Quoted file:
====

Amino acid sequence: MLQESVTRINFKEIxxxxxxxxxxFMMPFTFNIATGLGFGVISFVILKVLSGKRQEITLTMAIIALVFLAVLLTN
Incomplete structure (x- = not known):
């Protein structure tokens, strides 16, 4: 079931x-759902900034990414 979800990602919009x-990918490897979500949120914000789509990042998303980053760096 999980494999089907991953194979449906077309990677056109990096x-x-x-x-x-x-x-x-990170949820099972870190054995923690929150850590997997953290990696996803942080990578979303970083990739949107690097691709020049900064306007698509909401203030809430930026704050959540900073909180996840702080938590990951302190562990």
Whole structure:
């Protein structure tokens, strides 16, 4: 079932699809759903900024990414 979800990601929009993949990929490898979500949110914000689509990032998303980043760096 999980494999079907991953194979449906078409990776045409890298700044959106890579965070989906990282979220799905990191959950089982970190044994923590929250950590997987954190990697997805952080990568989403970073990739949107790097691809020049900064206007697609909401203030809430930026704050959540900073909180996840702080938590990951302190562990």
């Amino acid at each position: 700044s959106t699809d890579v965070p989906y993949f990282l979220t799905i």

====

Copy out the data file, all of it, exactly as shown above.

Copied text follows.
Amino acid sequence: MLQESVTRINFKEIxxxxxxxxxxFMMPFTFNIATGLGFGVISFVILKVLSGKRQEITLTMAIIALVFLAVLLTN
Incomplete structure (x- = not known):
């Protein structure tokens, strides 16, 4: 079931x-759902900034990414 979800990602919009x-990918490897979500949120914000789509990042998303980053760096 999980494999089907991953194979449906077309990677056109990096x-x-x-x-x-x-x-x-990170949820099972870190054995923690929150850590997997953290990696996803942080990578979303970083990739949107690097691709020049900064306007698509909401203030809430930026704050959540900073909180996840702080938590990951302190562990």
Whole structure:
């Protein structure tokens, strides 16, 4: 079932699809759903900024990414 979800990601929009993949990929490898979500949110914000689509990032998303980043760096 999980494999079907991953194979449906078409990776045409890298700044959106890579965070989906990282979220799905990191959950089982970190044994923590929250950590997987954190990697997805952080990568989403970073990739949107790097691809020049900064206007697609909401203030809430930026704050959540900073909180996840702080938590990951302190562990």
């Amino acid at each position: 700044s959106t699809d890579v965070p989906y993949f990282l979220t799905i």